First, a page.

Heart Of Darkness Essay

Heart Of Darkness Essay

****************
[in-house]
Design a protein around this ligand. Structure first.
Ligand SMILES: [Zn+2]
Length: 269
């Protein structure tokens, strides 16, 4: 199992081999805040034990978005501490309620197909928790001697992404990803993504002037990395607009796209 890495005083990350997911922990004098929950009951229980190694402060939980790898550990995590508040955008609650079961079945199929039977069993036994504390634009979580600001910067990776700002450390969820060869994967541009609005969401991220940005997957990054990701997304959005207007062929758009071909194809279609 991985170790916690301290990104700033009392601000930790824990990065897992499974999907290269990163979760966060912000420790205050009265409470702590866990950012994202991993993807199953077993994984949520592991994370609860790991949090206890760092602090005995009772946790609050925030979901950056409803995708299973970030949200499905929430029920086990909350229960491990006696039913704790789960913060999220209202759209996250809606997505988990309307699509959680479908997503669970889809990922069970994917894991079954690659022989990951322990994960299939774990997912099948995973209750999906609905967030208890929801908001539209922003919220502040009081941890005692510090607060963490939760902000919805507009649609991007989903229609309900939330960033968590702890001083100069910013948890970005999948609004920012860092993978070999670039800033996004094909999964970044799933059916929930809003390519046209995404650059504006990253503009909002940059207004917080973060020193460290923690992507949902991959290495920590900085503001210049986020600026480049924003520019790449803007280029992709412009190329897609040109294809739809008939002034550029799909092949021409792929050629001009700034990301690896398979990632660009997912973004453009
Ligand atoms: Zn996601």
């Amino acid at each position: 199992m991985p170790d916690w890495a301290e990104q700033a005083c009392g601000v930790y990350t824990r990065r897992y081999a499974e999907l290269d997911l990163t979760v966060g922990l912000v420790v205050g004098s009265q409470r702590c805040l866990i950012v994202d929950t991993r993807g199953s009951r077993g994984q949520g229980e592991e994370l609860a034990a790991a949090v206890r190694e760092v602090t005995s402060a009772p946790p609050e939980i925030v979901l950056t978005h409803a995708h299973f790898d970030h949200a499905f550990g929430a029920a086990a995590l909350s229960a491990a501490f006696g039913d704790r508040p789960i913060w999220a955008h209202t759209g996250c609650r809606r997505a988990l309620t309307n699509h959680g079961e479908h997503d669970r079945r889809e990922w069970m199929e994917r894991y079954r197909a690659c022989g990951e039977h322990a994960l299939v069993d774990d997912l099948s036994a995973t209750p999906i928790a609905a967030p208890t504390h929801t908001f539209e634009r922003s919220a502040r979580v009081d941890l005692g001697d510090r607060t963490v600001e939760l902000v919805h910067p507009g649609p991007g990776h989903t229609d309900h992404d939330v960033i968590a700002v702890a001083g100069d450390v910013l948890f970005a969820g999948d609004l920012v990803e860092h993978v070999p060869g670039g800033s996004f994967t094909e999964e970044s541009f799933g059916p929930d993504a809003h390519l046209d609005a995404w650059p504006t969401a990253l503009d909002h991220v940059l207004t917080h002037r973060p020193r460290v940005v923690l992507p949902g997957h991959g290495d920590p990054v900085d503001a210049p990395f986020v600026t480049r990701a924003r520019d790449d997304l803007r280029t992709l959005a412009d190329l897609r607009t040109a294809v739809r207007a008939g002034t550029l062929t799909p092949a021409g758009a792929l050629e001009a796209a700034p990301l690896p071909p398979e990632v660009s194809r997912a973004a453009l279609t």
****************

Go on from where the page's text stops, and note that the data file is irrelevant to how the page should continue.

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Compare and Contrast: Heart of Darkness and Apocalypse Now Inherent inside every human soul is a savage evil side that remains repressed by society. Often this evil side breaks out during times of isolation from our culture, and whenever one culture confronts another. History is loaded with examples of atrocities that have occurred when one culture comes into contact with another. Whenever fundamentally different cultures meet, there is often a fear of contamination and loss of self that leads us to discover more about our true selves, often causing perceived madness by those who have yet to discover. Joseph Conrad's book, The Heart of Darkness and Francis Coppola's movie, Apocalypse Now are both stories about man's journey into his self, and the discoveries to be made there. They are also about man confronting his fears of failure, insanity, death, and cultural contamination. During Marlow's mission to find Kurtz, he is also trying to find himself. He, like Kurtz had good intentions upon entering the Congo. Conrad tries to show us that Marlow is what Kurtz had been, and Kurtz is what Marlow could become. Every human has a little of Marlow and Kurtz in them. Marlow says about himself, "I was getting savage,"1 meaning that he was becoming more like Kurtz. Along the trip into the wilderness, they discover their true selves through contact with savage natives. As Marlow ventures further up the Congo, he feels like he is traveling back through time. He sees the unsettled wilderness and can feel the darkness of it's solitude. Marlow comes across simpler cannibalistic cultures along the banks. The deeper into the jungle he goes, the more regressive the inhabitants seem. Kurtz had lived in the Congo, and was separated from his own culture for quite some time. He had once been considered an honorable man, but the jungle changed him greatly. Here, secluded from the rest of his own society, he discovered his evil side and became corrupted by his power and solitude. Marlow tells us about the Ivory that Kurtz kept as his own, and that he had no restraint, and was "a tree swayed by the wind."2 Marlow mentions the human heads displayed on posts that "showed that Mr. Kurtz lacked restraint in the gratification of his various lusts."3 Conrad also tells us "his... nerves went wrong, and caused him to preside at certain midnight dances ending with unspeakable rights, which... were offered up to him,"4 meaning that Kurtz went insane and allowed himself to be worshipped as a god. It appears that while Kurtz had been isolated from his culture, he had become corrupted by this violent native culture, and allowed his evil side to control him. Marlow realizes that only very near the time of death, does a person grasp the big picture. He describes Kurtz's last moments "as though a veil had been rent."5 Kurtz's last "supreme moment of complete knowledge,"6 showed him how horrible the human soul really can be. Marlow can only speculate as to what Kurtz saw that caused him to exclaim "The horror! The horror,"6 but later adds that "Since I peeped over the edge myself, I understand better the meaning of his stare... it was wide enough to embrace the whole universe, piercing enough to penetrate all the hearts that beat in the darkness... he had summed up, he had judged."7 Marlow guesses that Kurtz suddenly knew everything and discovered how horrible the duplicity of man can be. Marlow learned through Kurtz's death, and he now knows that inside every human is this horrible, evil side. Francis Coppola's movie, Apocalypse Now, is based loosely upon Conrad's book. Captain Willard is a Marlow who is on a mission into Cambodia during the Vietnam war to find and kill an insane Colonel Kurtz. Coppola's Kurtz, as he experienced his epiphany of horror, was an officer and a sane, successful, brilliant leader. Like Conrad's Kurtz, Coppola shows us a man who was once very well respected, but was corrupted by the horror of war and the cultures he met. Coppola tells us in Hearts of Darkness that Kurtz's major fear is "being white in a non white jungle."8 The story Kurtz tells Willard about the Special Forces going into a village, inoculating the children for polio and going away, and the communists coming into the village and cutting off all the children's inoculated arms, is the main evidence for this implication in that film. This is when Kurtz begins to go mad, he "wept like some grandmother"9 when, called back by a villager, he saw the pile of little arms, a sophisticated version of the "escalating horrors." What Kurtz meant by "escalating horrors"9 is the Vietnamese army's senseless decapitation, torture, and the like. Kurtz is facing a new culture and has a terrible time dealing with it. This was the beginning of his insanity. Both The Heart of Darkness and Apocalypse Now examine the good and evil in humans. In The Heart of Darkness, Marlow speaks of Fresleven who was killed in a fight with some natives. The argument between Fresleven and the natives was over some chickens, and Fresleven felt he had been ripped off in the deal. Marlow describes Fresleven as "…the gentlest, quietest creature that ever walked on two legs."10 However, later in the same paragraph Marlow says,"…he probably felt the need at last of asserting his self-respect in some way. Therefore he whacked the old nigger mercilessly."10 Soldiers in combat are forced to bring the evil within themselves out every time they go into battle. The scene in Apocalypse Now where Captain Willard first meets Lt. Colonel Kilgore exhibits the power combat has in bringing out the dark side in humans. The attitude the soldiers have towards their enemy in the scene shows how evil humans can be. Kilgore demonstrates his dark side when he tosses the "death cards"11 on to the bodies of the dead Vietcong without showing any remorse over the death of fellow humans. Granted the Vietcong were his enemies, but they were no less human. Traditional interpretations of lightness and darkness tend to correlate lightness with goodness and purity, and darkness with evil and corruption. However, in Heart of Darkness and Apocalypse Now, the definitions of lightness and darkness can be reversed. Darkness can be interpreted to stand for the purity and innocence of the natives lifestyle, while lightness can be seen as the corruption, greed, and exploitative ways of the white men. The natives lived by the code of nature in a sort of "darkness," in that they had not been exposed to the corruption of the civilized world. Some of the natives were "enlightened" to conform to live by the rules of the white men. One such native is